Apologetic Resource: PBS “Closer to Truth” interview with William Lane Craig…

As an apprentice in apologetics I am constantly surprised at the level at which William Lane Craig, of Reasonable Faith, engages his intelligence and his discipline in the pursuit of logic and reason. It causes me a to become necessarily sober. I may experience an intellectual “high”at times in my life because I can logically solved an issue I had been wrestling with or I have a revelatory notion about a current logical fallacy I was working through. After listening to this interview I realize that I am years away from thinking through all the thoughts about God that can and need to be logically ingested, processed, and shared. This encourages me as there are new frontiers of thought that I haven’t breeched yet.

We can look to the 16th Century Molinism (Middle Knowledge of God) by Luis de Molina, and then at all the philosopher for the last 3,ooo years ( Plato, Aquinas, Augustine, etc..), and we can easily see that we are standing on the shoulders of  intellectual giants and we have no intellectual superiority over ancient philosophy. We may have more information and technology but that has not translated in to an ultimate or perfected philosophy.  It has been the opposite, with the emergence of Post-Modernism it appears we have philosophized ourselves into irrelevancy. It is a good indication that logic is not dependent upon environment, culture, era, or education; logic is transcendently objective, therefore if you can logically explain a proposition without breaking any laws of logic or committing any fallacies then you have a logical argument ad infinitum. In contrast, science alone can change its knowledge base of truth from experiment to experiment without committing any integral infractions. This can create an unstable foundation to establish truth, not to mention that science has to presuppose logic, truth, order, and intelligence in order to even make any claims of truth about existence and the universe (I digress).

It makes me so thankful that I am saved by Grace and not on my own physical or intellectual merits. I know the limitations of my temporal existence and my intellectual capacity, and I could never ultimately comprehend all the necessary thoughts on my own time or understanding. Also I have the necessary pursuit of staying alive, providing for my family which takes away time that I could be thinking.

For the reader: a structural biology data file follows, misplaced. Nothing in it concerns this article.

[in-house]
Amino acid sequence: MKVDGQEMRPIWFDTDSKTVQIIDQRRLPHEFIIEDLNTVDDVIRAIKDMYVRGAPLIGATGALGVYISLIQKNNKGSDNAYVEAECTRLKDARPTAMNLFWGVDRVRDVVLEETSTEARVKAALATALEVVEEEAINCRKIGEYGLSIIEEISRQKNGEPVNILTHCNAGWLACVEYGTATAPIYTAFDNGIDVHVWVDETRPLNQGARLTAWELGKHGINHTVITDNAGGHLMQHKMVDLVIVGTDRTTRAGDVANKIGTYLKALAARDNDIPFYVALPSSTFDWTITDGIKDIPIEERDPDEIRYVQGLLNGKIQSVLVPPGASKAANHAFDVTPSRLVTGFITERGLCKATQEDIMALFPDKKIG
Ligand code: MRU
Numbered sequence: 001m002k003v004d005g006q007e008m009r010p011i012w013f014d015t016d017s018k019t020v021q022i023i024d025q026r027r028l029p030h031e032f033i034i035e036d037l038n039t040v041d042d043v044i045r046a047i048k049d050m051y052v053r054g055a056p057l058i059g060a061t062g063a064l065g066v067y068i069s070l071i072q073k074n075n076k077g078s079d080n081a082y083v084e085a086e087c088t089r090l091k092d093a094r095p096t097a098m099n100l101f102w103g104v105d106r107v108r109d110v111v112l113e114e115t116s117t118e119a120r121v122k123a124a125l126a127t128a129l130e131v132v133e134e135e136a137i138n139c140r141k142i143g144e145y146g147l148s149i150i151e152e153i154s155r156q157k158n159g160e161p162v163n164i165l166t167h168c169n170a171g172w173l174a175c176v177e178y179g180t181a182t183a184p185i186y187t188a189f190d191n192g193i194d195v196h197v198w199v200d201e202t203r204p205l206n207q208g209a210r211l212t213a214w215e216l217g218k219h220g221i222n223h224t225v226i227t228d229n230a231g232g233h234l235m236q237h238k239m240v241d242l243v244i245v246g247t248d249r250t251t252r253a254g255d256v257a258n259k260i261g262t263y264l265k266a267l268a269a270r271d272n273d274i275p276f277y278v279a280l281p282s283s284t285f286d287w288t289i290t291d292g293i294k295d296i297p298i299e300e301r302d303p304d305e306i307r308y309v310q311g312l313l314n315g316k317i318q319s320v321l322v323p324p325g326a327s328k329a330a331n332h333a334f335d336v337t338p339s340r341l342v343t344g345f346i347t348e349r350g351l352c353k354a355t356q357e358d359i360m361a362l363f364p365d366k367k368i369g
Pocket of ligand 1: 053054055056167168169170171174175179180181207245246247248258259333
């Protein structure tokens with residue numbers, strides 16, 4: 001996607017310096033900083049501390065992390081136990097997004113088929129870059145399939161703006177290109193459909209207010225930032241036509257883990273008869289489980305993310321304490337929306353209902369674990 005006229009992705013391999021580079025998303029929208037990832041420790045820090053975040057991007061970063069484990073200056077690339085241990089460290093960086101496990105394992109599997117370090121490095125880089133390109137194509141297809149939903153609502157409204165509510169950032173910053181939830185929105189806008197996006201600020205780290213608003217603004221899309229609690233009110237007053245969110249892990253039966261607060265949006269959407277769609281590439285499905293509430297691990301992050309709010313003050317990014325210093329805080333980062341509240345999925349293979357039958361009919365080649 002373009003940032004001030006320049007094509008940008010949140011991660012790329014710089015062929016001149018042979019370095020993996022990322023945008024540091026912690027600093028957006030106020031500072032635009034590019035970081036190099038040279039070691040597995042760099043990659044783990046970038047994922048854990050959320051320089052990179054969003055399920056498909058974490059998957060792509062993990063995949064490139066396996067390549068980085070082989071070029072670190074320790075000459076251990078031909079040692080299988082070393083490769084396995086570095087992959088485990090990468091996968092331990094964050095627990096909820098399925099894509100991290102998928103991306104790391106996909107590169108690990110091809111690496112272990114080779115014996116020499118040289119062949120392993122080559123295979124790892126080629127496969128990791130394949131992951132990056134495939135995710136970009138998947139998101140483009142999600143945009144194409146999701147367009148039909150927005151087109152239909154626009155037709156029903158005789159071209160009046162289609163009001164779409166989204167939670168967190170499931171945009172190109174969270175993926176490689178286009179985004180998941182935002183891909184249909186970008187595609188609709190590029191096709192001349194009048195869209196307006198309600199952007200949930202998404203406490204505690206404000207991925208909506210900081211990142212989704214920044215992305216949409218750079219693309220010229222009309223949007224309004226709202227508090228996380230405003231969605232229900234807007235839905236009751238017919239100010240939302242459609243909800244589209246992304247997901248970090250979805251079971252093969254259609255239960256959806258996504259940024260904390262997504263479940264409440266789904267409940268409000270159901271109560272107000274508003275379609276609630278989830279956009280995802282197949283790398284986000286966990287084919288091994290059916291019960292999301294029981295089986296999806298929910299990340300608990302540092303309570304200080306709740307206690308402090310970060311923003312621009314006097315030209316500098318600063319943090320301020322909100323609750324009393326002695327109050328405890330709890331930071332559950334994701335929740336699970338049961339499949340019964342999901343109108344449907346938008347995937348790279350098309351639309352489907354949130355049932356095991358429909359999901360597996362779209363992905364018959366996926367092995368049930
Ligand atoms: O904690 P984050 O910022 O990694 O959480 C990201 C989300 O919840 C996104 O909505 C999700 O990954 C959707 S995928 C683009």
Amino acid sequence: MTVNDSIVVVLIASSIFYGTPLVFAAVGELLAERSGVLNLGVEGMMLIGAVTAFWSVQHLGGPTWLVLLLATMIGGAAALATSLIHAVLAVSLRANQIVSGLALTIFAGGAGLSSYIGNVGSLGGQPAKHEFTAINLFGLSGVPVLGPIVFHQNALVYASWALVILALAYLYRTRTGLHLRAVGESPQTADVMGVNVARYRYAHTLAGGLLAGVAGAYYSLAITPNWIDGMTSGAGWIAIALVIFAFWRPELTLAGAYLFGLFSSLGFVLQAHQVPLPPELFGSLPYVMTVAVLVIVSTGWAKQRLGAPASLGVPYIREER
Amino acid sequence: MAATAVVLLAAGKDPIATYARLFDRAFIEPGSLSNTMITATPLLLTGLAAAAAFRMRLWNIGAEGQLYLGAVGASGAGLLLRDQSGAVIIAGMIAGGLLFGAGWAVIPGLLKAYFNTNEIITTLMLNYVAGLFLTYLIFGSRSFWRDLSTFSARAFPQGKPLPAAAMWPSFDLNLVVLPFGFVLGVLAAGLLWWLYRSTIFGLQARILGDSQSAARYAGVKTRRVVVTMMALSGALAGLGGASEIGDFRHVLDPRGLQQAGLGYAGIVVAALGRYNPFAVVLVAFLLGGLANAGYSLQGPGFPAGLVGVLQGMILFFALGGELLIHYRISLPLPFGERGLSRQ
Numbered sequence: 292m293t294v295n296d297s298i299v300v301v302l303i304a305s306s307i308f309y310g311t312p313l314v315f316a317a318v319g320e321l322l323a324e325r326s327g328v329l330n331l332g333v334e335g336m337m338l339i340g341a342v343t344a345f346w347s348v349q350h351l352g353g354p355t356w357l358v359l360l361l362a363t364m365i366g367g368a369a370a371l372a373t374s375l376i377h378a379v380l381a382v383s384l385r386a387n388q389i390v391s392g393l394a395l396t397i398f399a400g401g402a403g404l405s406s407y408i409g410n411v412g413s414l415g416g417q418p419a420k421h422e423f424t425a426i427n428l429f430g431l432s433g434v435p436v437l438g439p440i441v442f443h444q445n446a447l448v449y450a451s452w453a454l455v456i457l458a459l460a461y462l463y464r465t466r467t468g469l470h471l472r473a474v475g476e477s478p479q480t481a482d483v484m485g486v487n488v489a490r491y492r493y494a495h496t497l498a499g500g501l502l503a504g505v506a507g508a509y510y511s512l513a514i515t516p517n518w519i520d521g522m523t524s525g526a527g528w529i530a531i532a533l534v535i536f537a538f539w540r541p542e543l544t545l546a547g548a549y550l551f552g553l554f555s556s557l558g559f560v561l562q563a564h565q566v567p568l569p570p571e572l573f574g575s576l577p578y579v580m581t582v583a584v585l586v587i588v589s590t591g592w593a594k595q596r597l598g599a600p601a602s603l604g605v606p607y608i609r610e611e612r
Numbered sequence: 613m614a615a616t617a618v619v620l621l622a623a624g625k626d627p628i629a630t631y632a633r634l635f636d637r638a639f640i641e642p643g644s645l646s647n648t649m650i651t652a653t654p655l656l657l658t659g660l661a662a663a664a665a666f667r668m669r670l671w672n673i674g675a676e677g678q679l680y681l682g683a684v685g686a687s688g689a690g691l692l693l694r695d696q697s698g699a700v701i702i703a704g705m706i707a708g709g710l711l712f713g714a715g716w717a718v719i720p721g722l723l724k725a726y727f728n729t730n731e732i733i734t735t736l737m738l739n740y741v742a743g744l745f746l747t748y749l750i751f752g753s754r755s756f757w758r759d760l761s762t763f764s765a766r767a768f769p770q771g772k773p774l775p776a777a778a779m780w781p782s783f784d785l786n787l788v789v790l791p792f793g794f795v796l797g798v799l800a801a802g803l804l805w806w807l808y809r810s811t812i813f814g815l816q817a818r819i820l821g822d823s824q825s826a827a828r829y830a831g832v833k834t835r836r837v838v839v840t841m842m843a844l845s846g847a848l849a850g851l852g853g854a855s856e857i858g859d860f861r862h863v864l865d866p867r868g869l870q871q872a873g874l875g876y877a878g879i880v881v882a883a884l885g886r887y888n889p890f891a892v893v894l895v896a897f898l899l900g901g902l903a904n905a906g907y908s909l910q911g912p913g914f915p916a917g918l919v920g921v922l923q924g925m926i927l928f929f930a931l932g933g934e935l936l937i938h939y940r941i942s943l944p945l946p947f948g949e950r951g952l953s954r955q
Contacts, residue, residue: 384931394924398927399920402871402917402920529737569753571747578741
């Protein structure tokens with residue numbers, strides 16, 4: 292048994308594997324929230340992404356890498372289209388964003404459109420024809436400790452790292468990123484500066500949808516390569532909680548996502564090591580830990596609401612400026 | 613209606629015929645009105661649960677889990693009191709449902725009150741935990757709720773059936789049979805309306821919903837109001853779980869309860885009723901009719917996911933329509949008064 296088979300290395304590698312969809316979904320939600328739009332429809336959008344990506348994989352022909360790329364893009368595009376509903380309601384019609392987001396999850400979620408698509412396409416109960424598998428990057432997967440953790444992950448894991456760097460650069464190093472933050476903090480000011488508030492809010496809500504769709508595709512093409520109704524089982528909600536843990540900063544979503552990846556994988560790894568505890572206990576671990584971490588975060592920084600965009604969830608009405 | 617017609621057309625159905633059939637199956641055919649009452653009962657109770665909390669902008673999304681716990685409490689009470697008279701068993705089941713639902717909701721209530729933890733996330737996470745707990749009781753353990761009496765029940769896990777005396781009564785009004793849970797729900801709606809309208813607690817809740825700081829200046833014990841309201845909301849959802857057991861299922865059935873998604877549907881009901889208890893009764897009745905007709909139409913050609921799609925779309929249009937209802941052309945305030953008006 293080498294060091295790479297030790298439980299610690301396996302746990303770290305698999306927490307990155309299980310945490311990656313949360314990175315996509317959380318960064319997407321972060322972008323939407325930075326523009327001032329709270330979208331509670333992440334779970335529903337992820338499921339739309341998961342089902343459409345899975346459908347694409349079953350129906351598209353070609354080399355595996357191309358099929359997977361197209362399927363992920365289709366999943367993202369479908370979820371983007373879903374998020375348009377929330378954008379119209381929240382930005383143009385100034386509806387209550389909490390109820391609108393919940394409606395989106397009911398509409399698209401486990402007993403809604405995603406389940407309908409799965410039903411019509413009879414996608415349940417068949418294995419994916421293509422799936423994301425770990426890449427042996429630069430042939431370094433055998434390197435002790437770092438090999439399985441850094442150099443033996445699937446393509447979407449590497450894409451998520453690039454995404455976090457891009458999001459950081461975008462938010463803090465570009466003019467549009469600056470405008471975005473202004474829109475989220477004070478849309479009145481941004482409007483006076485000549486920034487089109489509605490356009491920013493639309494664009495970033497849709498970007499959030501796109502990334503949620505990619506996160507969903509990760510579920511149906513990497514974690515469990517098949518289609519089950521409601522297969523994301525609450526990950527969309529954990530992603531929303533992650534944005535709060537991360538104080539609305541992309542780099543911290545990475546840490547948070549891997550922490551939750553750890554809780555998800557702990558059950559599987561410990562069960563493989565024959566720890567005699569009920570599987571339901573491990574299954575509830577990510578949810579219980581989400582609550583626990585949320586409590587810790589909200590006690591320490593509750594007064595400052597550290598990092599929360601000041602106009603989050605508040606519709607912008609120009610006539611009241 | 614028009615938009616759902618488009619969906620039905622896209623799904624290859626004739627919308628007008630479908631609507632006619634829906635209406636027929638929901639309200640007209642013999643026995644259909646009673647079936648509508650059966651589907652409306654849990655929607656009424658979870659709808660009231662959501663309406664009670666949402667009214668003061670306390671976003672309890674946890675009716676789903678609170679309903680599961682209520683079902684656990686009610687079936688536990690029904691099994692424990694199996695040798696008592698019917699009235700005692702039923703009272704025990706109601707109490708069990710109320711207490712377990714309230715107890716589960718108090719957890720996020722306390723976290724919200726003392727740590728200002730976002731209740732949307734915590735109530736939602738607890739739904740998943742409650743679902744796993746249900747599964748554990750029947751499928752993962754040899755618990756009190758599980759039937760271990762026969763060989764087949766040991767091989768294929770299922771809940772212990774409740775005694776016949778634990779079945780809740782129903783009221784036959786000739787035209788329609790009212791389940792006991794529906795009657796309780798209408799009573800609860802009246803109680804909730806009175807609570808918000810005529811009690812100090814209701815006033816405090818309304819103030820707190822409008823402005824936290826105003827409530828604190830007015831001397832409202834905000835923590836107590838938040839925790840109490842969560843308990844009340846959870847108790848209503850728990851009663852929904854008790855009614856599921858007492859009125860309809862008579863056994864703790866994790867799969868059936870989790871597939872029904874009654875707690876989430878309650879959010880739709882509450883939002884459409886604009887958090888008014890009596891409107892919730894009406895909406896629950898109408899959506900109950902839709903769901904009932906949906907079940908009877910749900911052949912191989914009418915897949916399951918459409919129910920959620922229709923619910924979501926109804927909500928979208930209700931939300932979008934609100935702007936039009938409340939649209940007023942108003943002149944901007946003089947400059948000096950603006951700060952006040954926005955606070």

It is so intriguing to ponder about these things. I have previously rationalized thoughts about God in my own prejudiced understanding of my worldview or personal philosophy. These were born from my experience and environment, but there are other necessary and logical complexities of philosophy that have not enter my mind. William Lane Craig inspires me. He does have 2 doctorates to my none, so I’m doing okay. Ha!

It simply reminds me we need to always be learning and wrestling with our thoughts and experiences to understand Our relationship with God, others, and the universe more succinctly.

In this video, which I think may be the most exhaustive interview that I have ever watched (or listened to) on the topic of the God and our existence, Dr. Craig explains the points of view from Theism circumspectly and varying disciplines of Christendom without showing or displaying  his own philosophical bias. He will at times indicate which he thinks is correct, or is more logically sound, but his language is even and without negative inflection to ideas he personally dismisses.

I have left this interview knowing that I will go back in time and review it again.

Robert Kuhn did a marvelous job navigating the questions with real time analysis that was fair, challenging, and productive. He asked legitimate questions without malice or agenda. It was a pleasure watching two highly intelligent men having a meaningful and engaging conversation about the biggest questions of our existence. It is the quintessential dialogue with mutual respect and dignity.

There are no barbs, no agendas, and no egos. It is how people should interact with these topics, but we are so emotionally charged with our own perspectives that it is hard to see the other side. I don’t think that very many people have the patience to actually engage at this level because it takes years of intellectual discipline to think about and express such deep thoughts.

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